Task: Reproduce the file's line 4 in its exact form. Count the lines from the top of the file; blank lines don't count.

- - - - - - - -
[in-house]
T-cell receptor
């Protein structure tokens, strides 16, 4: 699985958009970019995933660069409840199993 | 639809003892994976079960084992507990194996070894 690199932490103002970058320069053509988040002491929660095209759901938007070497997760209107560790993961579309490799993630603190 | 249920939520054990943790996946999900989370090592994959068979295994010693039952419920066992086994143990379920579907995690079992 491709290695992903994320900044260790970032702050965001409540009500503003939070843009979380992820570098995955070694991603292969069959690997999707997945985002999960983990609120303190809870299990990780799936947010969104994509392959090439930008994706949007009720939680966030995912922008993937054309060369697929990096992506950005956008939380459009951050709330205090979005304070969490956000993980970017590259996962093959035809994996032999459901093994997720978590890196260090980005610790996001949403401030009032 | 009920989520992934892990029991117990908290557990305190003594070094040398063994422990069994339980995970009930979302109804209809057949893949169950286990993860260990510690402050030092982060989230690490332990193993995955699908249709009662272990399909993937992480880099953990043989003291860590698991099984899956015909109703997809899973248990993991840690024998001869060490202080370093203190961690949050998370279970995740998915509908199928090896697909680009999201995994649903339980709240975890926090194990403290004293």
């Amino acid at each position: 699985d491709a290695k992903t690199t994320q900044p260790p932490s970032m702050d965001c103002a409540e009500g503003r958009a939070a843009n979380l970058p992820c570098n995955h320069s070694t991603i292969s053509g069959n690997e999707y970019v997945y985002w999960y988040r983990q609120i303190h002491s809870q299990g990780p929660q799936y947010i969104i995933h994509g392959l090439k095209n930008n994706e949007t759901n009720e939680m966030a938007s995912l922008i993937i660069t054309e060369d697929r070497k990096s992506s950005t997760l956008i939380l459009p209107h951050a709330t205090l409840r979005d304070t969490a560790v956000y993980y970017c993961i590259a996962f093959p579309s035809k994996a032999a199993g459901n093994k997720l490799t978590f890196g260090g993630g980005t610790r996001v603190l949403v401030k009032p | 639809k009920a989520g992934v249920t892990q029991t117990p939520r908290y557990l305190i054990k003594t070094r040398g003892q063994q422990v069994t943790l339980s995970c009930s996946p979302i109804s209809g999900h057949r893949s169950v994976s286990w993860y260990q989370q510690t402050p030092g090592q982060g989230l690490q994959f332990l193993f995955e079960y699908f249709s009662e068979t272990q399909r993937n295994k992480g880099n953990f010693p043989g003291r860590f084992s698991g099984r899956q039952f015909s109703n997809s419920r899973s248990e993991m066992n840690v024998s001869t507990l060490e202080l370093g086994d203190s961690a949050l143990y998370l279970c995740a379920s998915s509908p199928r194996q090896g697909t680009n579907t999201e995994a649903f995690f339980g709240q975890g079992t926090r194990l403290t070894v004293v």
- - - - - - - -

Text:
């Amino acid at each position: 699985d491709a290695k992903t690199t994320q900044p260790p932490s970032m702050d965001c103002a409540e009500g503003r958009a939070a843009n979380l970058p992820c570098n995955h320069s070694t991603i292969s053509g069959n690997e999707y970019v997945y985002w999960y988040r983990q609120i303190h002491s809870q299990g990780p929660q799936y947010i969104i995933h994509g392959l090439k095209n930008n994706e949007t759901n009720e939680m966030a938007s995912l922008i993937i660069t054309e060369d697929r070497k990096s992506s950005t997760l956008i939380l459009p209107h951050a709330t205090l409840r979005d304070t969490a560790v956000y993980y970017c993961i590259a996962f093959p579309s035809k994996a032999a199993g459901n093994k997720l490799t978590f890196g260090g993630g980005t610790r996001v603190l949403v401030k009032p | 639809k009920a989520g992934v249920t892990q029991t117990p939520r908290y557990l305190i054990k003594t070094r040398g003892q063994q422990v069994t943790l339980s995970c009930s996946p979302i109804s209809g999900h057949r893949s169950v994976s286990w993860y260990q989370q510690t402050p030092g090592q982060g989230l690490q994959f332990l193993f995955e079960y699908f249709s009662e068979t272990q399909r993937n295994k992480g880099n953990f010693p043989g003291r860590f084992s698991g099984r899956q039952f015909s109703n997809s419920r899973s248990e993991m066992n840690v024998s001869t507990l060490e202080l370093g086994d203190s961690a949050l143990y998370l279970c995740a379920s998915s509908p199928r194996q090896g697909t680009n579907t999201e995994a649903f995690f339980g709240q975890g079992t926090r194990l403290t070894v004293v």